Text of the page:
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Moving to New York During the Pandemic


Mr. Selting, the theater professor, took the protests in stride as he watched them on television from Laramie, Wyo., where he has taught for more than three decades. As a child, he grew up in a Nebraska town with fewer than 1,000 residents, although he has lived in New York as well, including a stretch in the 1980s as an actor.

“Protests are part of living in a city,” said Mr. Selting, who signed his contract this winter, pre-pandemic, and after several delays closed in June.

The city will have time to settle down before he and his wife, Marsha Fay Knight, a ballet professor, retire here in a few years. Until then, the $765,000 unit with its Hudson River views will be home to their son Nicholas, formerly of Astoria, Queens.

Other parent-child arrangements also buoyed the spring market. Erin Lichter, 24, an architect, joined with her San Diego family to buy a one-bedroom penthouse with a terrace in a Midtown East condop. Most recently listed for $885,000, the unit has yet to close. “We saw this as an investment opportunity,” Ms. Lichter said.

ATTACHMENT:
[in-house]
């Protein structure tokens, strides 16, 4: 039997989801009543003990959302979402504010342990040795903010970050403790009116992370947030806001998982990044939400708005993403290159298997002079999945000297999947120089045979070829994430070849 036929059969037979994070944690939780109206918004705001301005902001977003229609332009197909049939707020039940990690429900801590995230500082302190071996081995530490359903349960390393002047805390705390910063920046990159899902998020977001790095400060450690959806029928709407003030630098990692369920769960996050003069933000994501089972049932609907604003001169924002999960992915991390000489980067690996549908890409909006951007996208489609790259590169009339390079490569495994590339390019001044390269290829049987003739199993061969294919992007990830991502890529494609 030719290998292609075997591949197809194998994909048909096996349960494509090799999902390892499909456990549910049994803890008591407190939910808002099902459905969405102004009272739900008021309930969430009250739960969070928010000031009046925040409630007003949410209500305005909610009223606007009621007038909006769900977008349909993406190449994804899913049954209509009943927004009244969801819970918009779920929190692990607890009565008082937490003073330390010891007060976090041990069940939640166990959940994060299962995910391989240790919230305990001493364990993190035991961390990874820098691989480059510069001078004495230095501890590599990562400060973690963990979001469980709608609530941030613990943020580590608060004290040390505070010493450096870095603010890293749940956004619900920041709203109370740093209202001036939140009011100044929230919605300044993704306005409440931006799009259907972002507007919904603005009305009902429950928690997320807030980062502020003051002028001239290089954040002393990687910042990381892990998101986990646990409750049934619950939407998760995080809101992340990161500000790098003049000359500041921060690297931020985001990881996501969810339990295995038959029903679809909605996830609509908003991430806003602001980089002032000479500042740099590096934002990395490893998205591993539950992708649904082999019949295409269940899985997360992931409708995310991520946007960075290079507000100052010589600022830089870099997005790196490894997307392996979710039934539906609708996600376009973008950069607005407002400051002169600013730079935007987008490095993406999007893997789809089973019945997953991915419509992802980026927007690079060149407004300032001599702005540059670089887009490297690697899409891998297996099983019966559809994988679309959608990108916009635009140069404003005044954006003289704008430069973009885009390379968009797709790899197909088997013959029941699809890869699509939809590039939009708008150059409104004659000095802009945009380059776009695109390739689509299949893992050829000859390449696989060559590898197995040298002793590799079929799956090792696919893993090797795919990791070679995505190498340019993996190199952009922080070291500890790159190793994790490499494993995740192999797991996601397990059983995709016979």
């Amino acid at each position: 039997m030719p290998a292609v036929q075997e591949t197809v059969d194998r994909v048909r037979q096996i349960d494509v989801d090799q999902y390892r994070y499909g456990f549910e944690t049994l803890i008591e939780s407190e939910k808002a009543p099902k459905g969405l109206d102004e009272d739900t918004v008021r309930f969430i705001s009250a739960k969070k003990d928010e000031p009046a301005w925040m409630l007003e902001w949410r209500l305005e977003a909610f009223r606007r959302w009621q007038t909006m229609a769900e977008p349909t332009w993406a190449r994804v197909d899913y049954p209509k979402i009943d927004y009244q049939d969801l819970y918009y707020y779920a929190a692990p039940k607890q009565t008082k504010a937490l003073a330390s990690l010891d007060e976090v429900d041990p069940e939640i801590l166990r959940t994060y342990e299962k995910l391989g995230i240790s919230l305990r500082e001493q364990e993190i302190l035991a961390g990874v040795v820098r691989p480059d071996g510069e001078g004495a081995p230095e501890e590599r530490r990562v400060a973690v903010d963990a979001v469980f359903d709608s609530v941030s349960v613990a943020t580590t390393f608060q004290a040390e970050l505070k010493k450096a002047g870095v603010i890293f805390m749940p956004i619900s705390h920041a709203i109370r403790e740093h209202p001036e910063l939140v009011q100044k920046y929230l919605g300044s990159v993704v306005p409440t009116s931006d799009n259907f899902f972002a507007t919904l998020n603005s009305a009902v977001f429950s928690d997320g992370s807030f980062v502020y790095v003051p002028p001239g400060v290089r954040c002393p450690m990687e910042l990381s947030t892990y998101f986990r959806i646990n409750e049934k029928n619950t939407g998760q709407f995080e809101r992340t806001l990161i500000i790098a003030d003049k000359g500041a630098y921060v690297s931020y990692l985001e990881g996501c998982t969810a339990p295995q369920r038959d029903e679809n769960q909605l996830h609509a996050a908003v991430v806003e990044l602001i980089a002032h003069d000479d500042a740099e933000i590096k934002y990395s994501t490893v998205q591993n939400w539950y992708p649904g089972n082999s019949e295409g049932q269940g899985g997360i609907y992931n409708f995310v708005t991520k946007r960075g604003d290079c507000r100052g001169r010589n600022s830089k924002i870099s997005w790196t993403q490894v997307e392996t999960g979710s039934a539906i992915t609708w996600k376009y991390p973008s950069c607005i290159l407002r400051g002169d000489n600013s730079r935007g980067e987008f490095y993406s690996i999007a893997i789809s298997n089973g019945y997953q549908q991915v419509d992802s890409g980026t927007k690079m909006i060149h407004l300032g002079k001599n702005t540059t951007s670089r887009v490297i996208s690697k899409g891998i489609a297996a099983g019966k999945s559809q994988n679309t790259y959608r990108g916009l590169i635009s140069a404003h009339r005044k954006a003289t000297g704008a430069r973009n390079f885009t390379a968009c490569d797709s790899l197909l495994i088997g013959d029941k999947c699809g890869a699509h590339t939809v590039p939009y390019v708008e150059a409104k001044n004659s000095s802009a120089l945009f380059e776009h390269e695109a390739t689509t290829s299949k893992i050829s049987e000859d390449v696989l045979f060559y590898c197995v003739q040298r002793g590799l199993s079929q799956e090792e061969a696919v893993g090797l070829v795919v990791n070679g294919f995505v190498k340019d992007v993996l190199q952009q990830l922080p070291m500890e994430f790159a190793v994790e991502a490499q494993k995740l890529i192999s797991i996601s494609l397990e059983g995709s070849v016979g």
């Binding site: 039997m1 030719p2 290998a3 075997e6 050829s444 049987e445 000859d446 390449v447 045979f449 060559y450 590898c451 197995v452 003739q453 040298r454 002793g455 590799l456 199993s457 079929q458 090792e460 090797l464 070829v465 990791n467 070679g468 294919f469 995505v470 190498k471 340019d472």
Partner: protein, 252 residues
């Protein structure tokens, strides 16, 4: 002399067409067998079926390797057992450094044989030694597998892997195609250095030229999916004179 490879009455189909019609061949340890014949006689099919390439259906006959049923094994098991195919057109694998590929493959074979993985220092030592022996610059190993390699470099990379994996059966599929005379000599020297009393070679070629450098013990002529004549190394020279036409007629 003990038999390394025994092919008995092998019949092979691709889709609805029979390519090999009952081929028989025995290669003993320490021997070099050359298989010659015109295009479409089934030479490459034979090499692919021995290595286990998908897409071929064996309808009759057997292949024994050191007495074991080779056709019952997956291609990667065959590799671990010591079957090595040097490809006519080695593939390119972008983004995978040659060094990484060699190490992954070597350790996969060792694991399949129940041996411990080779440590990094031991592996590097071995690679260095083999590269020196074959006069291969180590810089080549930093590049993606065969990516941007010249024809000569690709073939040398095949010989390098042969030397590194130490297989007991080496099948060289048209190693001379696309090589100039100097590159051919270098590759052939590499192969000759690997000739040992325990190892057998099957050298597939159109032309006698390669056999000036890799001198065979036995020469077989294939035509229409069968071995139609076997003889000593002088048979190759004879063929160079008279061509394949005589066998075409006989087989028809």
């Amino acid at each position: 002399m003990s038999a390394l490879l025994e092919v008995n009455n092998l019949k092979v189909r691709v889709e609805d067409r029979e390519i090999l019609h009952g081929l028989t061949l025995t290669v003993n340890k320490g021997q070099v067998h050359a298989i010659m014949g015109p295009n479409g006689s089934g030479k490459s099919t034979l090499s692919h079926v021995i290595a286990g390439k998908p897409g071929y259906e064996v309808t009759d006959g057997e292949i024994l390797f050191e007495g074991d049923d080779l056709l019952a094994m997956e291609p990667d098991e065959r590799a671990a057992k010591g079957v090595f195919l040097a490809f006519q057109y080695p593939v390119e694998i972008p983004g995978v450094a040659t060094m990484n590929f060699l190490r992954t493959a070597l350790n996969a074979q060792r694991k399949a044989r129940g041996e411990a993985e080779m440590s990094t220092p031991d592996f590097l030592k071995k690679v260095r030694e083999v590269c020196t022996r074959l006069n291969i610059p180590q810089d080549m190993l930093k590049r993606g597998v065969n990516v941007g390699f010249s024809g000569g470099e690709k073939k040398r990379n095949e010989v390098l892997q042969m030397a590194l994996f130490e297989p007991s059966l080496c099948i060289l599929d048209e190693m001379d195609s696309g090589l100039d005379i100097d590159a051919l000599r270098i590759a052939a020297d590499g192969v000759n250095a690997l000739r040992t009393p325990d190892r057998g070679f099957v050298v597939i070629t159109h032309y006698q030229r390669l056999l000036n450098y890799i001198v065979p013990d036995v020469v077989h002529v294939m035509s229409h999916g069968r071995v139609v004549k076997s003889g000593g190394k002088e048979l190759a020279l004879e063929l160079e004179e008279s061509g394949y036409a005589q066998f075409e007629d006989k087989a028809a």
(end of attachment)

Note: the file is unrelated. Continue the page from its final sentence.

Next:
Ms. Lichter, who has rented a studio for three years, has been tempted to move to Boston, where many friends live. But a Covid-related job keeps her here: She is working with corporate clients like JPMorgan Chase and Savanna to figure out how to create more social distance between desks.

Because she is “a little grandma at heart” and not much of a night owl, Ms. Lichter isn’t worried that New York’s bar scene and nightlife may be altered forever. Still, “this will be a major cultural shift for New York,” she said. “This used to be the city that never sleeps.”

Some of the newest New Yorkers are eagerly awaiting a time when that is true again, the city is fully reopened and they are able to head back to their offices.

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